An Artist's Passion by Deneia Washington
Identifying as an introverted child, she found solace in the arts. From singing to dancing to even being a young and creative playwright, Assistant Professor Maggie Anderson’s past quest for artistic freedom soon became her life’s work.
Her captivation for theater stems from its way of highlighting the human experience and the way it brings people together. “ helps to evolve and heal each other by sharing stories and embracing humanity.
As head of the Department's movement and dance program, Anderson teaches jazz, ballet, and musical theater dance to undergraduate theater majors. She also mentors the budding performers both in and out of the classroom. Before coming to Temple, she taught dance and movement to students of all ages: children, teen, and young adults.
“Teaching is in my blood. It has always been a calling and I have been teaching as long as I've been performing. It grounds me with a deep sense of purpose,” says Anderson.
In addition to her extensive teaching background, Anderson has experience in directing and choreographing. Her choreography credits includes McCarter Theatre's The Jungle Book, Maples Repertory Theater's Chicago, and Temple Theaters' Oklahoma.
Anderson was first introduced to the art of movement at the age of fourteen during an African dance class. “I was hooked immediately - the drums, the rhythms, the sweat, the structure, and the discipline,” she says. Not looking back, Anderson would begin to commit to learn various forms of dance. She now adds jazz, modern, ballet, and tap dancing to her training.
While there are many aspects that make theater, the collaboration between dance and theater is of much importance to Anderson. “When we express something through the body, the audience has a visceral response to that expression that goes beyond verbal communication,” says Anderson. “It is also an incredible devise for expressing elation, ritual, and the inner workings of a character's mental struggle in a poetic form,” she adds.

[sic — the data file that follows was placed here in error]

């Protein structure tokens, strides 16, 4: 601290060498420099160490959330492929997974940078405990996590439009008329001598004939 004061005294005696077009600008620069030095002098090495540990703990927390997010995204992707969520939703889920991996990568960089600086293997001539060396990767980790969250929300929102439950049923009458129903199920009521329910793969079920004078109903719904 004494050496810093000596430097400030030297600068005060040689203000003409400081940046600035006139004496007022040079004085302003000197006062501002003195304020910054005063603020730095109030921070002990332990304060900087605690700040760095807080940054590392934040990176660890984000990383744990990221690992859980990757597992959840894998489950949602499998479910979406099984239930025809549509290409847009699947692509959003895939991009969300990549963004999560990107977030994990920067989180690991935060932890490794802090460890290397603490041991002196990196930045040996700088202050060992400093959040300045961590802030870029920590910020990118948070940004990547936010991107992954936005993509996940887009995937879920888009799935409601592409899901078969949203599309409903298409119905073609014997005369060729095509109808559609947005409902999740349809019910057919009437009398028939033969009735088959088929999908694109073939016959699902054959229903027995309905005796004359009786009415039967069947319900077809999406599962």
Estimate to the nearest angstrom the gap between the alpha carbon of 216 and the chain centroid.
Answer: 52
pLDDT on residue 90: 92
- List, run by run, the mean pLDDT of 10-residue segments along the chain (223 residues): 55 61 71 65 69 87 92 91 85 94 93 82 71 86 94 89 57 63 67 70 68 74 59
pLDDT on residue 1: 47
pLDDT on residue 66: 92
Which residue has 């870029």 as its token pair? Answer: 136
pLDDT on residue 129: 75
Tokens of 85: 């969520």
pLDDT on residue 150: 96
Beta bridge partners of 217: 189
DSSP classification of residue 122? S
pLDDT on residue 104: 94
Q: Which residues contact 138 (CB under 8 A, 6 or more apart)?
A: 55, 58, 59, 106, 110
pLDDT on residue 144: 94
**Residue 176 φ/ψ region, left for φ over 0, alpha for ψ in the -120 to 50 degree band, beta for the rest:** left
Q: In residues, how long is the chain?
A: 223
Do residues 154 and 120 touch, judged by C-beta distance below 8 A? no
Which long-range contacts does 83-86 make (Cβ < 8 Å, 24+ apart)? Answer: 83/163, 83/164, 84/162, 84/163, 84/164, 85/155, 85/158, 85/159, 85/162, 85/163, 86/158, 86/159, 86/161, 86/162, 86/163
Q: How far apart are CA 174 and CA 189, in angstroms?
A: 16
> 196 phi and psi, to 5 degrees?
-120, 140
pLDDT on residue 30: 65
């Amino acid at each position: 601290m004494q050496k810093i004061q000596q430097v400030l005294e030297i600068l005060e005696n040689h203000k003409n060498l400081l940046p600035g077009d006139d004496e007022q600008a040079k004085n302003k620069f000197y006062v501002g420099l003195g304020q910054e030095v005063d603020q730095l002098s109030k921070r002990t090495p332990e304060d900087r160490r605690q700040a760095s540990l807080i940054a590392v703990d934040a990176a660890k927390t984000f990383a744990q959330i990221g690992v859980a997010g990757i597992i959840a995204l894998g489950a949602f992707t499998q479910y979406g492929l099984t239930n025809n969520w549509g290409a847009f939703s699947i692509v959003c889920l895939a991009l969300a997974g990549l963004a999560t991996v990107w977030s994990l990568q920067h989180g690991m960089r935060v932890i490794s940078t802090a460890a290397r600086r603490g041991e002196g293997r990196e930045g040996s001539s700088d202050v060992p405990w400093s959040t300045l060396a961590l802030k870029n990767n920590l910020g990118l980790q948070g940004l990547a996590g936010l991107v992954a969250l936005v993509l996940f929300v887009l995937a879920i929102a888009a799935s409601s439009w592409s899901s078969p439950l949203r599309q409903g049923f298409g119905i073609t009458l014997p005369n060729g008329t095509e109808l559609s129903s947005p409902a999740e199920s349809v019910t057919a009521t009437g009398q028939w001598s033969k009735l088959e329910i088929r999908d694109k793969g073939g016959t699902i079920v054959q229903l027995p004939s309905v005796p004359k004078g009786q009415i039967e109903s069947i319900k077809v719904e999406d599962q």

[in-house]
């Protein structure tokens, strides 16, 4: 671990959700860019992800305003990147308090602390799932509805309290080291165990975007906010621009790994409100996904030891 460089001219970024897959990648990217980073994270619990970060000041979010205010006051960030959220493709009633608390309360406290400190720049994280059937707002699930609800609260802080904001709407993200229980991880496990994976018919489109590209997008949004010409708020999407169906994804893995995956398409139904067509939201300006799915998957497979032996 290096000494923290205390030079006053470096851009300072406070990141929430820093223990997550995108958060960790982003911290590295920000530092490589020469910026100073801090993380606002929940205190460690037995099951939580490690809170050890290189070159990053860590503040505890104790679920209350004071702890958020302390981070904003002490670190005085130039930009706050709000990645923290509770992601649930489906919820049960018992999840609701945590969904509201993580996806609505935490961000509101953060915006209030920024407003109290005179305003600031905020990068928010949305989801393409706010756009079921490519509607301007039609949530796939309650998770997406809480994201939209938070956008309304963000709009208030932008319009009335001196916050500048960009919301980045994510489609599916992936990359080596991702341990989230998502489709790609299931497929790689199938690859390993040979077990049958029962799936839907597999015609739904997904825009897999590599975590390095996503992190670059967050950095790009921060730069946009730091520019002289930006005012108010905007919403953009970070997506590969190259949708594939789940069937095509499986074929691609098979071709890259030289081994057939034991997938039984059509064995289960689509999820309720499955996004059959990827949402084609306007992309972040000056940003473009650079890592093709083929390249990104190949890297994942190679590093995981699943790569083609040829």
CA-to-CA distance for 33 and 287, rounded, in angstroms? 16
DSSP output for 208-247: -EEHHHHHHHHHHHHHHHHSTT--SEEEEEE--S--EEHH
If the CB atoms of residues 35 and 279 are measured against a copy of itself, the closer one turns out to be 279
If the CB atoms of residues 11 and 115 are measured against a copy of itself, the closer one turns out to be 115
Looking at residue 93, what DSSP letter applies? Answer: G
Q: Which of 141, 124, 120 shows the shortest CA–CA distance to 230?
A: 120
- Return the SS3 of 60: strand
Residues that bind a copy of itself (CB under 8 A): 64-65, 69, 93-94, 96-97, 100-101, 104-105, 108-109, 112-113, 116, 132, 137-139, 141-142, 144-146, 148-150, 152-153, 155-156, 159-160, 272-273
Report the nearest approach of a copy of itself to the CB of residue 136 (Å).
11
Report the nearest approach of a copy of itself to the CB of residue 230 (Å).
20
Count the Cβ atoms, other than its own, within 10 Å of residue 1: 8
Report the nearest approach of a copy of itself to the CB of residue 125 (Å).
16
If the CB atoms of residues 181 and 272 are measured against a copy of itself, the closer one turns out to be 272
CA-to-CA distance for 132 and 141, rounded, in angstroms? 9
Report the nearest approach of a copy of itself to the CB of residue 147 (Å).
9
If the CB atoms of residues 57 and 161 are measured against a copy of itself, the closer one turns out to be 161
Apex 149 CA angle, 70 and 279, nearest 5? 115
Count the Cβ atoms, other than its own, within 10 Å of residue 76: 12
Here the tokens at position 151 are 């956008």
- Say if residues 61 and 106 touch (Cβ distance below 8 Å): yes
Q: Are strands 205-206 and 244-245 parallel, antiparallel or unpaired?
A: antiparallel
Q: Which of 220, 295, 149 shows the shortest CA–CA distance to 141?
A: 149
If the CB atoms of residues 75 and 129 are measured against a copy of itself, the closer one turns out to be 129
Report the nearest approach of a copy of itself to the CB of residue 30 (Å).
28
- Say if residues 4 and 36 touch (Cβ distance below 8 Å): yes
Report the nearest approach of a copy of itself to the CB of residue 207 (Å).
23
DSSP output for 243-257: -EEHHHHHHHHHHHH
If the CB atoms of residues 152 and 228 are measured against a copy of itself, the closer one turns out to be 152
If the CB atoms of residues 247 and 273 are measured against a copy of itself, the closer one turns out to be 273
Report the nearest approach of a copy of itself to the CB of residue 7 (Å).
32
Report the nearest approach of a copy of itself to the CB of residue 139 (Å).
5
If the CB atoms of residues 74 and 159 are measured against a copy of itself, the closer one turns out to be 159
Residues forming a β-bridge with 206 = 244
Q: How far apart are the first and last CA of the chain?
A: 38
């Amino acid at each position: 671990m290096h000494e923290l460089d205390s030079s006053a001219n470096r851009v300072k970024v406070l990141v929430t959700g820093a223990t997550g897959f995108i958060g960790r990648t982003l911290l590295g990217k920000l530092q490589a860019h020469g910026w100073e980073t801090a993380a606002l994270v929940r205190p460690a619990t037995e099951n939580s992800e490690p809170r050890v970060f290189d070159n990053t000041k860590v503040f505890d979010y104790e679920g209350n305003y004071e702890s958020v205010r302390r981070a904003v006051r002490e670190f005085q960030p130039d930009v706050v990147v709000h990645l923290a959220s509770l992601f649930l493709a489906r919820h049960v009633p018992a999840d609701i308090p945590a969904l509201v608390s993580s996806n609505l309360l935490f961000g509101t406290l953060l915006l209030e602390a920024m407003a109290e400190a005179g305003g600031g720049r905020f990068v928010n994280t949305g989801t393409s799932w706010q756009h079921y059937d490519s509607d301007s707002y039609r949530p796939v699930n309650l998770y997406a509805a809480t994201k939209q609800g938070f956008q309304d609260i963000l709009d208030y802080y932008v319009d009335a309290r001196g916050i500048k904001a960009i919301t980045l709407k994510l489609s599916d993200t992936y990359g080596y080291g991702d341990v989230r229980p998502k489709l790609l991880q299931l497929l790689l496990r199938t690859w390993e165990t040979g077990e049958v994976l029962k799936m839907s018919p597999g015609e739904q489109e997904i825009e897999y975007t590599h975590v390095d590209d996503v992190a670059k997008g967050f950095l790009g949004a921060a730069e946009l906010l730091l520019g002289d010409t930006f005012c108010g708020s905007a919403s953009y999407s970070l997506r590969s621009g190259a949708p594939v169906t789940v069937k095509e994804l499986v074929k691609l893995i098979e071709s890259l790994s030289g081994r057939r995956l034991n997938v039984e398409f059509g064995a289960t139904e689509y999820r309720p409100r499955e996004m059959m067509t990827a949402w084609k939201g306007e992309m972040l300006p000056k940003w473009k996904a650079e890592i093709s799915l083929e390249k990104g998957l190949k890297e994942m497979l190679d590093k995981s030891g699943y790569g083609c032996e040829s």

With this in mind, Anderson makes sure movement tells a story with her choreographic formations at Temple Theaters and across New York and Philadelphia. Believing that there is no one way to tell a story, Anderson draws inspiration from wherever she feels paints the best picture.
“I know my history, and I try to honor the iconic moments when applicable; but also forge new ground when appropriate,” she says.
Theater and its hectic schedule is something Anderson embraces about the profession. But when she does have downtime, Anderson enjoys yoga, cooking, reading, and checking out some live music and theater.
“Having tools that help to rejuvenate and ground yourself is crucial,” Anderson explains.
For someone who may be trying to break into the industry, Anderson believes that curiosity must be the driving force to help one craft and make theater. She also believes that asking questions and paying attention to detail is critical in theater.
“Inspiration is a fickle muse. You must have a craft for longevity,” says Anderson.
Keeping herself grounded, Anderson remains productive and active by continuing dance training. “I still take class regularly to stay in shape and to gain new knowledge and stimulation for my teaching and creative work,” says Anderson.
Anderson is the choreographer for musical production Brigadoon, which will be opening Temple Theaters' on campus season this fall.